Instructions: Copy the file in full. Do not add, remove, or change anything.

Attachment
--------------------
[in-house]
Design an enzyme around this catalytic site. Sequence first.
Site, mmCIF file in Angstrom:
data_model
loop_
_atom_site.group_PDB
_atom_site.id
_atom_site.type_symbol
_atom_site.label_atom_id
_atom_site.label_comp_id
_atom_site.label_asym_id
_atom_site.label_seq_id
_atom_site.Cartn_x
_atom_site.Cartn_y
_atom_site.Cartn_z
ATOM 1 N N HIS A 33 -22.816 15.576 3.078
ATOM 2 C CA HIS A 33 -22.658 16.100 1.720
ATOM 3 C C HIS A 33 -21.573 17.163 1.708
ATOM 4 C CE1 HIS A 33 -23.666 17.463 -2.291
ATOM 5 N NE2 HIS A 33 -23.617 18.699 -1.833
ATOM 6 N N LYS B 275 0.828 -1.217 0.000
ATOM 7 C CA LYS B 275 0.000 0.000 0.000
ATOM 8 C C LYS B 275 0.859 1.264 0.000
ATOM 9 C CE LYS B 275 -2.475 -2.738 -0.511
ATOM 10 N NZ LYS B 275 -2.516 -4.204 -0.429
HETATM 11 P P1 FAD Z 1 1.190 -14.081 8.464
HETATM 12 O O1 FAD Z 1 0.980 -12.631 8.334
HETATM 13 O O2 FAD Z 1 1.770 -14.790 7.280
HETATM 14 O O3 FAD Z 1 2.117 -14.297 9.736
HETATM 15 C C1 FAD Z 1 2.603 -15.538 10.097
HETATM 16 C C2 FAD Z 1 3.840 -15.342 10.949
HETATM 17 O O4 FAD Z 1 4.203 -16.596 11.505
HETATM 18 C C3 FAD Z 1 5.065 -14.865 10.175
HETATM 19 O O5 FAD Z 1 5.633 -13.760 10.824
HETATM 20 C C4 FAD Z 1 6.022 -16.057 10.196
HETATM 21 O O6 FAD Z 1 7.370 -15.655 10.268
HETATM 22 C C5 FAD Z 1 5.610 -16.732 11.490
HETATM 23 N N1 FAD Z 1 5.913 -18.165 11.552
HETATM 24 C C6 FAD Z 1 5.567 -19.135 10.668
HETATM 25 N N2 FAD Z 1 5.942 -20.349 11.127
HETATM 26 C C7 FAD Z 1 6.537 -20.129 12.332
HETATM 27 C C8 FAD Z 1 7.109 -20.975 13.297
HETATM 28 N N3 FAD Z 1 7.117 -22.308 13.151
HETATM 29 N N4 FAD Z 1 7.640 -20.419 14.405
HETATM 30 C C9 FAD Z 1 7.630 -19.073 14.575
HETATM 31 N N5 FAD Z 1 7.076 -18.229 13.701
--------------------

[in-house]
Design an enzyme around this catalytic site. Sequence first.
Site, mmCIF file in Angstrom:
data_model
loop_
_atom_site.group_PDB
_atom_site.id
_atom_site.type_symbol
_atom_site.label_atom_id
_atom_site.label_comp_id
_atom_site.label_asym_id
_atom_site.label_seq_id
_atom_site.Cartn_x
_atom_site.Cartn_y
_atom_site.Cartn_z
ATOM 1 N N HIS A 33 -22.816 15.576 3.078
ATOM 2 C CA HIS A 33 -22.658 16.100 1.720
ATOM 3 C C HIS A 33 -21.573 17.163 1.708
ATOM 4 C CE1 HIS A 33 -23.666 17.463 -2.291
ATOM 5 N NE2 HIS A 33 -23.617 18.699 -1.833
ATOM 6 N N LYS B 275 0.828 -1.217 0.000
ATOM 7 C CA LYS B 275 0.000 0.000 0.000
ATOM 8 C C LYS B 275 0.859 1.264 0.000
ATOM 9 C CE LYS B 275 -2.475 -2.738 -0.511
ATOM 10 N NZ LYS B 275 -2.516 -4.204 -0.429
HETATM 11 P P1 FAD Z 1 1.190 -14.081 8.464
HETATM 12 O O1 FAD Z 1 0.980 -12.631 8.334
HETATM 13 O O2 FAD Z 1 1.770 -14.790 7.280
HETATM 14 O O3 FAD Z 1 2.117 -14.297 9.736
HETATM 15 C C1 FAD Z 1 2.603 -15.538 10.097
HETATM 16 C C2 FAD Z 1 3.840 -15.342 10.949
HETATM 17 O O4 FAD Z 1 4.203 -16.596 11.505
HETATM 18 C C3 FAD Z 1 5.065 -14.865 10.175
HETATM 19 O O5 FAD Z 1 5.633 -13.760 10.824
HETATM 20 C C4 FAD Z 1 6.022 -16.057 10.196
HETATM 21 O O6 FAD Z 1 7.370 -15.655 10.268
HETATM 22 C C5 FAD Z 1 5.610 -16.732 11.490
HETATM 23 N N1 FAD Z 1 5.913 -18.165 11.552
HETATM 24 C C6 FAD Z 1 5.567 -19.135 10.668
HETATM 25 N N2 FAD Z 1 5.942 -20.349 11.127
HETATM 26 C C7 FAD Z 1 6.537 -20.129 12.332
HETATM 27 C C8 FAD Z 1 7.109 -20.975 13.297
HETATM 28 N N3 FAD Z 1 7.117 -22.308 13.151
HETATM 29 N N4 FAD Z 1 7.640 -20.419 14.405
HETATM 30 C C9 FAD Z 1 7.630 -19.073 14.575
HETATM 31 N N5 FAD Z 1 7.076 -18.229 13.701